GameSpace is a three-dimensional visualization of 16,000 games on Wikipedia. The visualization uses natural language processing (NLP) machine learning algorithms to position games based on their Wikipedia article text. This is the same process (latent semantic analysis) that was used to derive the GameNet, GameSage, and GameGlobs models, with an additional step that uses t-stochastic neighborhood embedding (TSNE) to provide each game with a three dimensional coordinate in a "galaxy" of games.
GameSage is a tool that takes free-text input describing an idea for a videogame and lists the existing games that are most related to that idea. This tool utilizes the notion in LSA of folding in, whereby a new document that was not used during model training is fitted with a representation in the semantic space derived by the model. By treating the user’s input text (which specifies her game idea) as a corpus document (on par with the videogame Wikipedia articles we used to train our LSA model) and folding it in, we are able to derive an LSA vector for the idea. From here, we determine which existing games (from among GameNet’s 11,829 games) are most related to the game idea by using cosine similarity, just as we did in constructing GameNet.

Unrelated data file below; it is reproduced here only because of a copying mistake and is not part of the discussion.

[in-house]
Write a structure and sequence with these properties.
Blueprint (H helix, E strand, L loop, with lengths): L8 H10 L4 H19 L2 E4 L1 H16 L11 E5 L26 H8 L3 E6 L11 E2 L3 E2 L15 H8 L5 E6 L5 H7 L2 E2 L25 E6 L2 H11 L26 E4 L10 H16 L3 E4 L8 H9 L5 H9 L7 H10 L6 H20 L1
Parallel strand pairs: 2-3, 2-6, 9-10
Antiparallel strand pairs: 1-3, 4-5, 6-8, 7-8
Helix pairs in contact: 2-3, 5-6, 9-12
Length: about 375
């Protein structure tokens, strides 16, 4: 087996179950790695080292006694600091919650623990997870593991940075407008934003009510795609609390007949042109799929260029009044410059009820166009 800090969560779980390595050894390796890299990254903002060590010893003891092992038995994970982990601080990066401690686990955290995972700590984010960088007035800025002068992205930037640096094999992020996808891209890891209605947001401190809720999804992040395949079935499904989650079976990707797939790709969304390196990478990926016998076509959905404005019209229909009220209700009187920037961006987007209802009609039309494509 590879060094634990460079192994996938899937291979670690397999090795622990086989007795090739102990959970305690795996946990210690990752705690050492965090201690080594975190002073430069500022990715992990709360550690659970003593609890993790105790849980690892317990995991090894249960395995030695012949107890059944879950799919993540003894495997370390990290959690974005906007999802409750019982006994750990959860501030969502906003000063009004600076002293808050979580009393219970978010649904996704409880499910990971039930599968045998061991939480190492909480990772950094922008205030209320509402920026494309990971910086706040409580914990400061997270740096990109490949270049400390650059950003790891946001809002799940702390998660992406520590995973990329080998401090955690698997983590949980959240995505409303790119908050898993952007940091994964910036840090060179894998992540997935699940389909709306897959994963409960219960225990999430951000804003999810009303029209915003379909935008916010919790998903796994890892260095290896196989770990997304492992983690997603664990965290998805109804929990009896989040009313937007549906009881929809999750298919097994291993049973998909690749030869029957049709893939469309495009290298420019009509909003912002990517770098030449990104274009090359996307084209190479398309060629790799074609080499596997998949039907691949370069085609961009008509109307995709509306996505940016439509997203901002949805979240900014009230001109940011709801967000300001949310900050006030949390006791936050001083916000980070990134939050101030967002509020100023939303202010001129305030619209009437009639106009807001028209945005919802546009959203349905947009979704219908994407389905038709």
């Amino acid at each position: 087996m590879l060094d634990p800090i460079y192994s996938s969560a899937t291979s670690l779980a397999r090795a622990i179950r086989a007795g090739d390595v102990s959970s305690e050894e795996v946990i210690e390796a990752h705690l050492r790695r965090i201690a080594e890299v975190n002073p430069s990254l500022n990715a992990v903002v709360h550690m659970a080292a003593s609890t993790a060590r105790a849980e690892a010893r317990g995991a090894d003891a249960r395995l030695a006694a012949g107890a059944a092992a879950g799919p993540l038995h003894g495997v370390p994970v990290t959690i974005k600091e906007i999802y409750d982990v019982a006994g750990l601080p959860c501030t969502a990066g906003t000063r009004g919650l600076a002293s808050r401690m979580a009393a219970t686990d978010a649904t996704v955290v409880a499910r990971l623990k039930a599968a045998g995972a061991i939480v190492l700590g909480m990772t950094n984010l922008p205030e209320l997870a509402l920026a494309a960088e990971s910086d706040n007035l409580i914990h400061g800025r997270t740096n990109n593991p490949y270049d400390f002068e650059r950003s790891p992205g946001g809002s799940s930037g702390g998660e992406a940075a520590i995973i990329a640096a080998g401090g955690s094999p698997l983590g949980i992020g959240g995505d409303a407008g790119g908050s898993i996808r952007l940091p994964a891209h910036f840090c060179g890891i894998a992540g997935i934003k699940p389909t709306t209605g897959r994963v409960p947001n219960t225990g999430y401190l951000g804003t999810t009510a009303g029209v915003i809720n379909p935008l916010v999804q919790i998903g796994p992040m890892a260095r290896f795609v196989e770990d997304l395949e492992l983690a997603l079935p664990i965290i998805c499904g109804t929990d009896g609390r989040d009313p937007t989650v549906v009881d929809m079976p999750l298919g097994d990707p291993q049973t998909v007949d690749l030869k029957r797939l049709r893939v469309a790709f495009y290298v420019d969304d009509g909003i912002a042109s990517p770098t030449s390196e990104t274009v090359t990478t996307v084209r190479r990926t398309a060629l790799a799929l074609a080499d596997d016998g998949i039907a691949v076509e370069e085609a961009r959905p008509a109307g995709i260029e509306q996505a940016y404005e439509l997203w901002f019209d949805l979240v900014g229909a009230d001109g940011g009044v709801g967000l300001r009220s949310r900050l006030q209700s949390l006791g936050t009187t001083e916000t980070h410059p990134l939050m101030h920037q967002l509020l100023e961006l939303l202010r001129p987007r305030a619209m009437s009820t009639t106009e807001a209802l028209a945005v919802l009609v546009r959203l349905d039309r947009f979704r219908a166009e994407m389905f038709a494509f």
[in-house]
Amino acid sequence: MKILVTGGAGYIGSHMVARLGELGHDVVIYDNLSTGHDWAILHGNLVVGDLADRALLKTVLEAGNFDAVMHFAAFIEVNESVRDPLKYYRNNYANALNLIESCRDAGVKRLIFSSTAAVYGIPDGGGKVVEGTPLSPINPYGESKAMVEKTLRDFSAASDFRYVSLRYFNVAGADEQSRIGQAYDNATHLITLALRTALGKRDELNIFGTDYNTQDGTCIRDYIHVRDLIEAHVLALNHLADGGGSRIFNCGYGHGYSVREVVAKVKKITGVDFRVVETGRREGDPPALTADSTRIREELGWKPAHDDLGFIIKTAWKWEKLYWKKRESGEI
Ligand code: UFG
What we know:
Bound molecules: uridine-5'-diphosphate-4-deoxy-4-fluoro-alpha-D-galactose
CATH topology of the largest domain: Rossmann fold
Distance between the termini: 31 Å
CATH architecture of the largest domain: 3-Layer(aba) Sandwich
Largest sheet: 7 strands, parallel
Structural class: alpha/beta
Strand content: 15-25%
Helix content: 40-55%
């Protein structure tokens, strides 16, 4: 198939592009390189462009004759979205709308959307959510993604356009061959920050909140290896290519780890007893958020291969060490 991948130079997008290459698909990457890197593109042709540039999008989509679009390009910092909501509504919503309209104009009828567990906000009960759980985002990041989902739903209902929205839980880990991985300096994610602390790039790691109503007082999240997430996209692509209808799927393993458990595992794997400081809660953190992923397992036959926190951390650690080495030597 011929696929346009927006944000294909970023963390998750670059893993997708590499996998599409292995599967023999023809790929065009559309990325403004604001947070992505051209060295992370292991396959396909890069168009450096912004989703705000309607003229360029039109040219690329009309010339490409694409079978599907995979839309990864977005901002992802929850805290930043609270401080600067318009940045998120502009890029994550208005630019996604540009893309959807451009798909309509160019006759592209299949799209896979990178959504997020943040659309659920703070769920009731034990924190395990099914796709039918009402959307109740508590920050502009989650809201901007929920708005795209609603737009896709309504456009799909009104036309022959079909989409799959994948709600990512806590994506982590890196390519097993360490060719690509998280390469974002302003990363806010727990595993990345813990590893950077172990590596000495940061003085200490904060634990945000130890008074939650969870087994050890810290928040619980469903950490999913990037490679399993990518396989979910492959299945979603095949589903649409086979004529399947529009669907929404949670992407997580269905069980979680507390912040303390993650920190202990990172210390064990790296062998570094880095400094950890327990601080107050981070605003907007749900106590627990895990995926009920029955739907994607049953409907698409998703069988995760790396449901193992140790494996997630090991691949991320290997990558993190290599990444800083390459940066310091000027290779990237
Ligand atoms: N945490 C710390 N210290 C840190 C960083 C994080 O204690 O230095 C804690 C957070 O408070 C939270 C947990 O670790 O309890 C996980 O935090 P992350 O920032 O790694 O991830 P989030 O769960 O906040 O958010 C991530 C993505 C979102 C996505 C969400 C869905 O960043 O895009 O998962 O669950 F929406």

Gamenet is a tool for videogame discovery in the form of a hypertext network in which related games are linked. Users start at a game of their choice and can explore the network by following links to related games or by jumping across the network through a link to a highly unrelated game. In addition to links to its most related and unrelated games, each game's entry gives a text summary of it, extracted from Wikipedia, as well as links to YouTube gameplay videos and images from Google. The tool is able to reason about relatedness among nearly 12,000 games automatically through a technique from computational linguistics called latent semantic analysis.
GameGlobs is a two-dimensional visualization of various clusterings of the games in our LSA model. A user selects how many clusters (groups of related games) she would like to see the 11,829 games partitioned into. Each cluster is drawn as a circle that can be clicked to display the games it contains, which are stylized as hyperlinks to their entries in GameNet. The clusterings themselves were derived by applying the classic k-means algorithm to the games’ LSA vectors